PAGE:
Why does it always feel like the times when we really should be working out the most are the times when our motivation is completely and utterly nonexistent?
Now I want to be clear here…
(Apologies in advance if what I’m about to say sounds preachy, I just want to keep it totally real. If you don’t want to hear it from me, stop reading and go put on Britney Spears’ “Work Bitch.” Back? OK, let’s keep going.)
…you cannot “outrun a bad diet”—that is to say, if you are constantly filling your body with crap, it doesn’t matter how hard or often you work out, your poor nutrition is going to catch up to you. However, exercise and diet really do work in tandem, so upping one factor a bit in the absence of the other definitely does help. So, as summer usually lends itself to more opportunities to overindulge or deviate from my normal “healthy” eating habits, I make a sincere effort to schedule in some sort of sweat session 5 or 6 times per week instead of my usual 4 or 5.
But, and this goes back to my original point, it can be really difficult to hold myself to this commitment when grinding it out in the gym is the last thing I feel like doing or have time for in between all of the summer fun. Luckily, I’ve discovered the perfect solution for when I need—or hell, just want—to get a killer workout done in a short amount of time. Ladies and gents, I present to you…HIIT.
HIIT stands for High-Intensity Interval Training, and it is exactly what its name suggests. The basic premise is that you perform one “high-intensity” move (i.e., your body is in constant motion) for an interval of time, followed by a short period of rest—think 20 seconds on, 10 seconds off; 45 seconds on, 15 seconds off; or even a minute of sprinting followed by a minute of walking. If you create a circuit with 6 or 7 HIIT moves and work through it 3 or 4 times, you’re looking at anywhere between 10 to 20 minutes where your heart rate remains elevated. My favorite part of HIIT though? The time flies because you’re constantly switching it up. By the time you’re “over” a certain exercise—I’m looking at you split lunge jumps—you’re on to the next one!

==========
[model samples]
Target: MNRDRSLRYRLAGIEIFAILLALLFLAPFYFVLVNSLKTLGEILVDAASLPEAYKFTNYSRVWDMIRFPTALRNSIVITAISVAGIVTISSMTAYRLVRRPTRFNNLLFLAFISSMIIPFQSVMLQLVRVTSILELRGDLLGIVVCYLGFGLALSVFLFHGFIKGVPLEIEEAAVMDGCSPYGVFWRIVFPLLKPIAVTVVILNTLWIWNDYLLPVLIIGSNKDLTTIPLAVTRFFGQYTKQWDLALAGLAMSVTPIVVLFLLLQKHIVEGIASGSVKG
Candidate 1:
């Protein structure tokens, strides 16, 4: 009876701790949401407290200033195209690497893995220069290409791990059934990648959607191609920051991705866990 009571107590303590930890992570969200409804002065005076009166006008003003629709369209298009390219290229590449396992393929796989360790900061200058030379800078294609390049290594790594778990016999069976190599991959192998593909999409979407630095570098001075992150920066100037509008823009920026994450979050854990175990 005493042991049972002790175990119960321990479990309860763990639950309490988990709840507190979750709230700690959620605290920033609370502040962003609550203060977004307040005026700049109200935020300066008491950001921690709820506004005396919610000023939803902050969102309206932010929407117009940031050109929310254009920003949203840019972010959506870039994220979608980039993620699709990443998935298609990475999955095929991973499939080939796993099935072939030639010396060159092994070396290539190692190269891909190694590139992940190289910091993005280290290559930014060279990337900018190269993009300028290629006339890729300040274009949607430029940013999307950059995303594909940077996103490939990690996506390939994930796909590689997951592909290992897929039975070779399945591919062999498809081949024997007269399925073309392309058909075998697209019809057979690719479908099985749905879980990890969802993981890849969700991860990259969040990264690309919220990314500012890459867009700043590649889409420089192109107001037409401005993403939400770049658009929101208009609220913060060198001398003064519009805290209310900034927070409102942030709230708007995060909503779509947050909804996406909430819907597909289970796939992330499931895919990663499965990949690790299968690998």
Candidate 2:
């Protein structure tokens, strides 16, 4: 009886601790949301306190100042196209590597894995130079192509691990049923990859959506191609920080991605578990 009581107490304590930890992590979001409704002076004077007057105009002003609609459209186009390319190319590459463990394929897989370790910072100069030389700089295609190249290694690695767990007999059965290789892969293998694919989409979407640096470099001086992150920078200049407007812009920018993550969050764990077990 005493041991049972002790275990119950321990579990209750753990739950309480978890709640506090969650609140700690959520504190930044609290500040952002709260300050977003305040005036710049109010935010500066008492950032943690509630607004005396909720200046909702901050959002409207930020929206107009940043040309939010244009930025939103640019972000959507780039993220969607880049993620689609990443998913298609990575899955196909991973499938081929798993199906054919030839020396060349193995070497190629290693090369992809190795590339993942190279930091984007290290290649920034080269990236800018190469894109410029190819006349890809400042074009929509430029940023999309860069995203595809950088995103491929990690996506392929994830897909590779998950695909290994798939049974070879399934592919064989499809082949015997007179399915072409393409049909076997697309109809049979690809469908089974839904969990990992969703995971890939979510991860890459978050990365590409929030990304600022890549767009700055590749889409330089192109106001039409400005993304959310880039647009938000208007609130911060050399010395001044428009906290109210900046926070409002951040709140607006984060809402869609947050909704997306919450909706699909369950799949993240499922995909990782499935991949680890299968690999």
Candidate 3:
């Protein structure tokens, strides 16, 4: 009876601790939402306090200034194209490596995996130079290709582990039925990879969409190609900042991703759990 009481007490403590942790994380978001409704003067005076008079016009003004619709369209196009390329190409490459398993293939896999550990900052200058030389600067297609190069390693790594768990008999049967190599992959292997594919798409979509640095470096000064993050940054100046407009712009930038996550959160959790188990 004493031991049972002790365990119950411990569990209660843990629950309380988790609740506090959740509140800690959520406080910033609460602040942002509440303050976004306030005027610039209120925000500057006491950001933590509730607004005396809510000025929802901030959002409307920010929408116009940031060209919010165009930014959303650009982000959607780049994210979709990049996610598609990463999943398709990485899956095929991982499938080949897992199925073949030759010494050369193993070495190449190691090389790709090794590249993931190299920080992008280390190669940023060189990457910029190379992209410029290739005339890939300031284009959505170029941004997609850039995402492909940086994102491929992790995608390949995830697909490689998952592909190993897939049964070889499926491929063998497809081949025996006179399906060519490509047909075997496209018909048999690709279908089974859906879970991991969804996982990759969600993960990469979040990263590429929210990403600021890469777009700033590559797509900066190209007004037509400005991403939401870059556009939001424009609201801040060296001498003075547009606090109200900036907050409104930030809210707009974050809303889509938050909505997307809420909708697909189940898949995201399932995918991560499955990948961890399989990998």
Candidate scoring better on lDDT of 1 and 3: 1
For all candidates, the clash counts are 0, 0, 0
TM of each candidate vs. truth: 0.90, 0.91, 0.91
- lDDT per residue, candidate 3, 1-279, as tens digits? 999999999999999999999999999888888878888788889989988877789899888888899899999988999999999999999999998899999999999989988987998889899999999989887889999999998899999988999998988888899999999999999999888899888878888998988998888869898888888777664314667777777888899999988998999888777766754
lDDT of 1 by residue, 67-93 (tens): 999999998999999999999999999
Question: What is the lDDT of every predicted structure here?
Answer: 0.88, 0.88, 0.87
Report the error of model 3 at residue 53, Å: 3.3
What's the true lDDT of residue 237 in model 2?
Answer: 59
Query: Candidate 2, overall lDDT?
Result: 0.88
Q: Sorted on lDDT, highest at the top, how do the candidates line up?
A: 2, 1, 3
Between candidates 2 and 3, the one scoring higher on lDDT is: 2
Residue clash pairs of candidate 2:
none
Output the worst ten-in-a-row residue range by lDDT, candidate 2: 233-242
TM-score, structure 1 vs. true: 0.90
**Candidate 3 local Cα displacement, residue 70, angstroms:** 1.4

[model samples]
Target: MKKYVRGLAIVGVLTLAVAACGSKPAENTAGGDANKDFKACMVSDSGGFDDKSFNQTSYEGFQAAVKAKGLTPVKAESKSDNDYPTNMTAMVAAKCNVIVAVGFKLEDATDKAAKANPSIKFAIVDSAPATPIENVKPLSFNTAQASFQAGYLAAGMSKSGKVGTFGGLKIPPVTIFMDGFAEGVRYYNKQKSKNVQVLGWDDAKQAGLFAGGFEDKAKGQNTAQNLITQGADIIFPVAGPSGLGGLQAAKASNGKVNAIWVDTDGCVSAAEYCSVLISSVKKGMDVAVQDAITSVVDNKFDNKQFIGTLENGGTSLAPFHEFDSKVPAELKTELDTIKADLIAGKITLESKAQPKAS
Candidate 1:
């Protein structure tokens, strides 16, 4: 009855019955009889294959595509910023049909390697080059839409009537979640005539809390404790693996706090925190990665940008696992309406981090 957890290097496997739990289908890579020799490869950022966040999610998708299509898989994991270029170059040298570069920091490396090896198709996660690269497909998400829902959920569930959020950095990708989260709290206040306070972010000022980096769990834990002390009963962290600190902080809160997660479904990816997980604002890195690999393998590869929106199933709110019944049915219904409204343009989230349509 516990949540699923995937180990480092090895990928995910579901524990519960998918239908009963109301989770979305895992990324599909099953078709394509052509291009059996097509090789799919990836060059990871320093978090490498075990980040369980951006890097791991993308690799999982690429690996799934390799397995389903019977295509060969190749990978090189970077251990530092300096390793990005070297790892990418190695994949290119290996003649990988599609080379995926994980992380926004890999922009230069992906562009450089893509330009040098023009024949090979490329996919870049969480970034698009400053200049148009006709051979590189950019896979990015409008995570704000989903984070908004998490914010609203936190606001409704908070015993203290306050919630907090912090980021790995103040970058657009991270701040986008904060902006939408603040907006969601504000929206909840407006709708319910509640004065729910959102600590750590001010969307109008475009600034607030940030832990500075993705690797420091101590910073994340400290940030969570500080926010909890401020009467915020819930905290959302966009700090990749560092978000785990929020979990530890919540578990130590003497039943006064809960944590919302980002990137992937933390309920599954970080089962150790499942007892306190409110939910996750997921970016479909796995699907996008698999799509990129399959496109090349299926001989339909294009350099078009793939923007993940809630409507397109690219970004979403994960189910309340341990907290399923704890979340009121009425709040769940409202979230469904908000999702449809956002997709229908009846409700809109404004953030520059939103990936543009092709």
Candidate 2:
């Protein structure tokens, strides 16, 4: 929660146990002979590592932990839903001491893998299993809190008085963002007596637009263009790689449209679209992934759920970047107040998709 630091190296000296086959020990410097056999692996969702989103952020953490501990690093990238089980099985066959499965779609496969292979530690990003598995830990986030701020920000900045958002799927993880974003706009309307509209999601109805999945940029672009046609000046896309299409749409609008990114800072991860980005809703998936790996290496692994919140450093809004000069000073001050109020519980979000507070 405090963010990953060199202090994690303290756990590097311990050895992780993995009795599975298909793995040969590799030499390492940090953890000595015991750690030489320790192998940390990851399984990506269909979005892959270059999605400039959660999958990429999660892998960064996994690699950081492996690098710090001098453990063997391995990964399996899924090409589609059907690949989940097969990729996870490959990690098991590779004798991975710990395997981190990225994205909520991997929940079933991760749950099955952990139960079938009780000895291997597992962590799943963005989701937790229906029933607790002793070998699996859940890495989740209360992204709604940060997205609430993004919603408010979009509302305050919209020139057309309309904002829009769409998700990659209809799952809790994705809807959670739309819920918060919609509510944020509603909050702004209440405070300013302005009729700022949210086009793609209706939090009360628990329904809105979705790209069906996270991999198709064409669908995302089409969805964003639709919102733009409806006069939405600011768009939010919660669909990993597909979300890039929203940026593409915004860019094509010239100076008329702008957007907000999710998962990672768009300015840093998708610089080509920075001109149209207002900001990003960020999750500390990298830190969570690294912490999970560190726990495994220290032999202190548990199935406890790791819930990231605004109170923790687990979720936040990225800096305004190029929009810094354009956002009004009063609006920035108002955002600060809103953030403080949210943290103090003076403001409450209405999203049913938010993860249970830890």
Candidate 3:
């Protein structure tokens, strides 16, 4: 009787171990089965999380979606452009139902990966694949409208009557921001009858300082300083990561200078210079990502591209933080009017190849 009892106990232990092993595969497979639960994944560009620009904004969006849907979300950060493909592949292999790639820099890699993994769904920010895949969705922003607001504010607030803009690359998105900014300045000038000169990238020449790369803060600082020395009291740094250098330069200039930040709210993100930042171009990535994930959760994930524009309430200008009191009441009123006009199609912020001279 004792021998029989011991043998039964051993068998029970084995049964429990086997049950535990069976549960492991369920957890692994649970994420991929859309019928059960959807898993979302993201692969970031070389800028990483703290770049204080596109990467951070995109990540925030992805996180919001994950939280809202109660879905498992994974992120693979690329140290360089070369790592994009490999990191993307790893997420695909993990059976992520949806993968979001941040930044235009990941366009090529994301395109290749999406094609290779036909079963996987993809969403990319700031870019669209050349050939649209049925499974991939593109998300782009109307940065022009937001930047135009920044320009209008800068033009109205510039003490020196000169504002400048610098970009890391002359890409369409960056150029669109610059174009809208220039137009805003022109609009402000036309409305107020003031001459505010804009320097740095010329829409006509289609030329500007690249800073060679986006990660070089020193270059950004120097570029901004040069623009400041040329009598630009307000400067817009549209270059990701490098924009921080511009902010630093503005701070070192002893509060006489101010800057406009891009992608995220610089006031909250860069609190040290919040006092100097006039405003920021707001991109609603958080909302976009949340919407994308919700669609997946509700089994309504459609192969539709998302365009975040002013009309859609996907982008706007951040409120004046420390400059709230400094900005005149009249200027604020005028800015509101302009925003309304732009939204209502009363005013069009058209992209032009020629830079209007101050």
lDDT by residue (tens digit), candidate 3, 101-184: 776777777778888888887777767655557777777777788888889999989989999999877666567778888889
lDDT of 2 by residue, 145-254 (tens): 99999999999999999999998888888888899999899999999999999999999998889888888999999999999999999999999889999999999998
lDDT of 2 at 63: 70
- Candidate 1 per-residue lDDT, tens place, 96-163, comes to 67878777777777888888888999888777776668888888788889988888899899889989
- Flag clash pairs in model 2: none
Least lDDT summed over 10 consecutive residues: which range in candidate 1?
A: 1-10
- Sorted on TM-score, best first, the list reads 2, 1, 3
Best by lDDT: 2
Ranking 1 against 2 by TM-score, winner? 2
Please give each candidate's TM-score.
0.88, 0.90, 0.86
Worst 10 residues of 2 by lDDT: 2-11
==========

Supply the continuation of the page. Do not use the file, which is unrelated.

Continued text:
Now, I’m sure some of you might be reading this thinking there’s no way working out for half the time can be more effective. I, too, thought it was horse shit (the best kind there is!); however, I’ve done quite a bit of research about it over the years and guys, it’s all backed by science. The effect is known as Excess Post-Exercise Oxygen Consumption (EPOC). To put it simply, oxygen is required to cool your body down and bring it back down to its “normal” state after a workout. Therefore, if you put a greater demand on your oxygen levels, say, by continuously spiking your heart rate via anaerobic activity, you are going to deplete your oxygen store, meaning it will take longer for your body to return to status quo. And the longer that metabolism is revving, the more calories you are burning…even after your workout has ended. Just remember, the effectiveness of EPOC is influenced entirely by the intensity of the exercise, not the duration. So, push yourself to go hard during your activity period, maintaining movement all the way until your rest. Need a break? Totally fine, but just modify the movement instead of stopping completely!
Want to give it a try? Pick a handful of exercises from the list below, jot them down, and choose your “interval.” Personally, I prefer to use a good old-fashioned stopwatch because I tend to find the unexpected noise disorienting when I’m “in the zone,” but there are plenty of free apps you can download to beep in your ear and alert you when it is time to start and stop. Now go earn that vino in record time, boo! You can thank me later.
HIIT Exercises To Get You Started:
- Jumping Rope
- Squat Jumps
- Split Lunge Jumps
- Jumping Jacks
- Plank Jacks
- Monster Walk/“Booty Band” Shuffle
- Mountain Climbers
- Plank Up-Downs (sorry, I’m not sure what this is actually called, but basically just move in a plank position from your hands to your elbows and back up again for the full interval)
- And basically anything with a step—box jumps, toe-taps, on-offs, etc.
* Not jazzed about this list? The internet is your friend, friend! There are countless examples of HIIT exercises at all intensity levels, so do your research and use what’s best for you!